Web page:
As vision professionals, when we’re are asked about what products we recommend for recreational activities, the first things that often come to mind are sunglasses. But when was the last time you thought first about goggles? Whether you’re skiing, swimming, cycling or just plain shooting hoops in the driveway, many new and specialized goggles are now available for sports and recreational-specific activities. Like choosing the appropriate clothing for the weather, selecting the appropriate goggle and eyewear for your favorite recreational pursuit is not only important for protecting your vision, it’s essential to maximize your performance and enjoyment.

We are fortunate because goggle technology has kept improving and the result is a bonanza of terrific products to choose from. To ensure an optimally suited and tailored choice, I recommend considering four things when dispensing goggles:
    1. Impact protection
    2. Exposure protection
    3. Vision/acuity enhancement
    4. Activity-specific consideration
Let’s begin with a general discussion of each of these items.

Recreational and sports activities often involve a degree of potential of eye or face impact. But the impact exposure contains energy and forces that surpass the design of eyewear that meets only the conventional ANSI (Z80) standard. Therefore, dress eyewear and even eyewear that meets occupational standards (ANSI Z87) will probably not be sufficient. These standards are primarily concerned with lensimpact resistance (both standard and high velocity). We need to consider lens retention as equally important.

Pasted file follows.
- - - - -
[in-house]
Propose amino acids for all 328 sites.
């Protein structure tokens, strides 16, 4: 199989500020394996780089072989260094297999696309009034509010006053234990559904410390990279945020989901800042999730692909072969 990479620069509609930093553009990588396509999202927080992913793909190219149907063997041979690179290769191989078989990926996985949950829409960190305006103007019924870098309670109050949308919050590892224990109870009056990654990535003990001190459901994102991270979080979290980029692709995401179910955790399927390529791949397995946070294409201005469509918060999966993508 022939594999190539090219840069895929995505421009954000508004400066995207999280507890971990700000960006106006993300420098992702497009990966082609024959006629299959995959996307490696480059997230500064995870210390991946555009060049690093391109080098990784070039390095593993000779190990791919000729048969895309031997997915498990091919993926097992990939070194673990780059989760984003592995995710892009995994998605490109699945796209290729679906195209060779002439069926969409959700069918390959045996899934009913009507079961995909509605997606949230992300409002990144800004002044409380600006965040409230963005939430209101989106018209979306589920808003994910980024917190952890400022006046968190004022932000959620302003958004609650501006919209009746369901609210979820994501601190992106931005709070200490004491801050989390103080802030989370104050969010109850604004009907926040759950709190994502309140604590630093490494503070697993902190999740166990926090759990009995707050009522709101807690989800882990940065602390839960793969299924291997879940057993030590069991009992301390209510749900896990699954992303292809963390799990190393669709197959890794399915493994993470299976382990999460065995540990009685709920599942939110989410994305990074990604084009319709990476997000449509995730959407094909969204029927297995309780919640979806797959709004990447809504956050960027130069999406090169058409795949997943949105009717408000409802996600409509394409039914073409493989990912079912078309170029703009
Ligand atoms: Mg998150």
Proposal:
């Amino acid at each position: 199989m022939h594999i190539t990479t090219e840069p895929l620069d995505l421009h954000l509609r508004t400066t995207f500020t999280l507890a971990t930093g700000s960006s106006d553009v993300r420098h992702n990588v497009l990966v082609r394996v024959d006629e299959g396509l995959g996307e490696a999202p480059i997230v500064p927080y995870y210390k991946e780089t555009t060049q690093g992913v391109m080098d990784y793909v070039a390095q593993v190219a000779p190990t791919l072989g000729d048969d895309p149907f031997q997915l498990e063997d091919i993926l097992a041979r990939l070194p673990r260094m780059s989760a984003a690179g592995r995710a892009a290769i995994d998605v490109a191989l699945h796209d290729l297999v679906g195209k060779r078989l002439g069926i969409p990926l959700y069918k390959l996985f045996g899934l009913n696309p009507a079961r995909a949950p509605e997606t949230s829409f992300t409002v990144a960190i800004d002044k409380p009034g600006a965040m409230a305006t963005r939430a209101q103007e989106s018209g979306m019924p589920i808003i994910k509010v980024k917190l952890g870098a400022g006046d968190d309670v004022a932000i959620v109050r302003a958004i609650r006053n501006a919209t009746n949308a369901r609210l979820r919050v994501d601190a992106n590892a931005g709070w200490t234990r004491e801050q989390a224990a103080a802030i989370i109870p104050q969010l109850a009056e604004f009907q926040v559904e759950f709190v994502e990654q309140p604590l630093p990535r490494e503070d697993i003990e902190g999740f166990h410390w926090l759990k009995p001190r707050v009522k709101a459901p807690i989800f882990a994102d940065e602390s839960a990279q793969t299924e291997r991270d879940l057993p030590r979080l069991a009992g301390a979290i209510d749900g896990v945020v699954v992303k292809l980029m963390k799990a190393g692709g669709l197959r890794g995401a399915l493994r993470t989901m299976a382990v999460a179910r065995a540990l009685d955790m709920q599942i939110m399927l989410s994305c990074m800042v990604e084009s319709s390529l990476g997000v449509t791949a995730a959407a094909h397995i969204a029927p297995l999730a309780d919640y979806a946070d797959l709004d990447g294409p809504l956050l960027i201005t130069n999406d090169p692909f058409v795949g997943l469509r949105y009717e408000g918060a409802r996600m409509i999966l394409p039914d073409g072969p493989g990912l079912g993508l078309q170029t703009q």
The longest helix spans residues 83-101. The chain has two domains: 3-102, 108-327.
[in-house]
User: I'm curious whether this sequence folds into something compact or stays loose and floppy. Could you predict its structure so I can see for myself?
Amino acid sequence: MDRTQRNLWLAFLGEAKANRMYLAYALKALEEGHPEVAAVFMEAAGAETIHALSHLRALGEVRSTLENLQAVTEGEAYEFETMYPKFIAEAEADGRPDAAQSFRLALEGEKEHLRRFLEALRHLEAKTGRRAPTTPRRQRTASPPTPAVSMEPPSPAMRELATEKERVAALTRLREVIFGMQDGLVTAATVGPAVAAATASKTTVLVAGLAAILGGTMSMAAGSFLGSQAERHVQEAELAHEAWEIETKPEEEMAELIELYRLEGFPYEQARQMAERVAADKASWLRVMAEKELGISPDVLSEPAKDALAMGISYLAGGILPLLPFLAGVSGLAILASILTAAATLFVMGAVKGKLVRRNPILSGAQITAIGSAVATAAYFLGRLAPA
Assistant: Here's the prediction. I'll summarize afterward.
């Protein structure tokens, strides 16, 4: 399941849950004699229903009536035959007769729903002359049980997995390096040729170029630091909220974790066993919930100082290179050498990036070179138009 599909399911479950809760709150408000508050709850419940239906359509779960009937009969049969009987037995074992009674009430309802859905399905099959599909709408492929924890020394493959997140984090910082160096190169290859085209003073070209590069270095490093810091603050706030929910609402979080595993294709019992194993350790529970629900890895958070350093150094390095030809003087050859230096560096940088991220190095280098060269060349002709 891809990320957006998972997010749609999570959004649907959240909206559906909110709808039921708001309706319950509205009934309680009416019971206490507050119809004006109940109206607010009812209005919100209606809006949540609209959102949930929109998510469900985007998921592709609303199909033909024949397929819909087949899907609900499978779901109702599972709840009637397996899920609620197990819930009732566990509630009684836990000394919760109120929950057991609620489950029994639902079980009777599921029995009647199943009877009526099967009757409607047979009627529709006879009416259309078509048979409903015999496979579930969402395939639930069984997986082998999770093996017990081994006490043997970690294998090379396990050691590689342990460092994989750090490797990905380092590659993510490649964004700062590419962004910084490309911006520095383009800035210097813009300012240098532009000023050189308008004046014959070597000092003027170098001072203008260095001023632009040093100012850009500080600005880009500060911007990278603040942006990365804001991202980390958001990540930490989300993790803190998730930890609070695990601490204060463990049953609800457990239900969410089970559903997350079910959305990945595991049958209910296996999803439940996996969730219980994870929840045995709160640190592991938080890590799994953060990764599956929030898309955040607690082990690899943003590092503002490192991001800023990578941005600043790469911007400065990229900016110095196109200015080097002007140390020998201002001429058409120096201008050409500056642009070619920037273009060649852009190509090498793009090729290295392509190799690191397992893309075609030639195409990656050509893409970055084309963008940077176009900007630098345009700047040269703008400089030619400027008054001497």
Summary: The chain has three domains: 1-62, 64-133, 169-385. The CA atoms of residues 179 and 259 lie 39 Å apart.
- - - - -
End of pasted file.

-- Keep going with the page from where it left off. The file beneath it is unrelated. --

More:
Alongside these two lens-based considerations is the question of distributing and dissipating impact energy to the facial and bone structure surrounding the eye. Here, particularly with respect to racquet sports, eyewear that meet the additional protection standards (such as those from the ASTM F803-88a) is mandatory.

Exposure to wind, rain and snow can significantly impact a person’s vision. Beyond just UV, blue-light and bright-sunlight protection, we must protect the integrity of the eye’s precorneal tear film. Primarily from experience with LASIK and other refractive surgeries, we now know a stable, properly functioning precorneal tear film is essential to a client’s subjective impression of good vision and acuity. Recreational eyewear, therefore, must fit the orbital structure of a person’s face optimally, providing not only a comfortable fit, but also allowing proper air and wind management for the activity under consideration. Too much wind seal may result in fogging, while too little may allow too much tear film evaporation. And beyond the specific activity being considered, your client’s individual susceptibility to dry eye must also be taken into account.

In addition to the full UV absorption expected of eyewear for recreational use, the selection of tints (hue and density) appropriate to the activity must be made. Many of the sports-specific goggles and sunwear from the major manufacturers contain well-tested tint recommendations for specific uses. Hues and densities should not only be chosen with respect to the intended purpose, they may also need to be trial-tested on the patient. In this way, hues that will be either complementary or conflict with a client’s individual color preference will become obvious. In some cases, you as the vision professional may have to discover whether a patient’s color habit (color preference based on familiarity and usage over time) should be noted. Additionally, achieving maximum acuity and vision enhancement requires understanding how the benchmark of 20/20 vision correction may not be sufficient for optimal distance acuity outdoors. To better comprehend this point, consider this example: